Volume 563, March 2014
|Number of page(s)||12|
|Published online||12 March 2014|
Loss cone evolution and particle escape in collapsing magnetic trap models in solar flares
School of Mathematics and Statistics, University of St Andrews, St. Andrews KY16 9SS, UK
e-mail: firstname.lastname@example.org; email@example.com
Received: 21 August 2013
Accepted: 30 January 2014
Context. Collapsing magnetic traps (CMTs) have been suggested as one possible mechanism responsible for the acceleration of high-energy particles during solar flares. An important question regarding the CMT acceleration mechanism is which particle orbits escape and which are trapped during the time evolution of a CMT. While some models predict the escape of the majority of particle orbits, other more sophisticated CMT models show that, in particular, the highest-energy particles remain trapped at all times. The exact prediction is not straightforward because both the loss cone angle and the particle orbit pitch angle evolve in time in a CMT.
Aims. Our aim is to gain a better understanding of the conditions leading to either particle orbit escape or trapping in CMTs.
Methods. We present a detailed investigation of the time evolution of particle orbit pitch angles in the CMT model of Giuliani and collaborators and compare this with the time evolution of the loss cone angle. The non-relativistic guiding centre approximation is used to calculate the particle orbits. We also use simplified models to corroborate the findings of the particle orbit calculations.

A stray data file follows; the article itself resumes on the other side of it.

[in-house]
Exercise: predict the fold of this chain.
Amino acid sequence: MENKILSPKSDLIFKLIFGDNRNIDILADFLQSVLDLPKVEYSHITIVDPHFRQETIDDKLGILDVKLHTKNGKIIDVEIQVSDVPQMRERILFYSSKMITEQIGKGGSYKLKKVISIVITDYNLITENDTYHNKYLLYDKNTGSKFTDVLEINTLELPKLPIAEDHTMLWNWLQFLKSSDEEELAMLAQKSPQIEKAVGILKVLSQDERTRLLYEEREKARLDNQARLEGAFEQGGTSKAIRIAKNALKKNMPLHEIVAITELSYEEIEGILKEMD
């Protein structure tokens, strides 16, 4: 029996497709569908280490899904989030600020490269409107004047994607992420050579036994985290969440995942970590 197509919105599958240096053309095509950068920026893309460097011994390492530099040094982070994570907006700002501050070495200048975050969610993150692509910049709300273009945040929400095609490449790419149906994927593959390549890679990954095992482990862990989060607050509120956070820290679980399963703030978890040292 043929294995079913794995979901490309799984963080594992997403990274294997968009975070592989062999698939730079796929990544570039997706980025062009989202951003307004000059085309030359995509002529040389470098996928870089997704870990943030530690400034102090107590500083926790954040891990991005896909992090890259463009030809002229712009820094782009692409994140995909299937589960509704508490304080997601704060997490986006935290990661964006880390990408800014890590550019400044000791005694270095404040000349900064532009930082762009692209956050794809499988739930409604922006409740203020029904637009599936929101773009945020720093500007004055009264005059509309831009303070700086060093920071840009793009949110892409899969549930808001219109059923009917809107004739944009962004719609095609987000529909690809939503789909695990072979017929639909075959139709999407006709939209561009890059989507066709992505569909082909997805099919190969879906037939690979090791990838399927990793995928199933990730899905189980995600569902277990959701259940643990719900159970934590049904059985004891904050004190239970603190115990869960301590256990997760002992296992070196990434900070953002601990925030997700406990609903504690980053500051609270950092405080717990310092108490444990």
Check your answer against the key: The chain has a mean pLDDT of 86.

Results. We find that there is a critical initial pitch angle for each field line of a CMT that divides trapped and escaping particle orbits. This critical initial pitch angle is greater than the initial loss cone angle, but smaller than the asymptotic (final) loss cone angle for that field line. As the final loss cone angle in CMTs is larger than the initial loss cone angle, particle orbits with pitch angles that cross into the loss cone during their time evolution will escape whereas all other particle orbits are trapped. We find that in realistic CMT models, Fermi acceleration will only dominate in the initial phase of the CMT evolution and, in this case, can reduce the pitch angle, but that betatron acceleration will dominate for later stages of the CMT evolution leading to a systematic increase of the pitch angle. Whether a particle escapes or remains trapped depends critically on the relative importance of the two acceleration mechanisms, which cannot be decoupled in more sophisticated CMT models.
Key words: Sun: corona / Sun: activity / Sun: flares
© ESO, 2014
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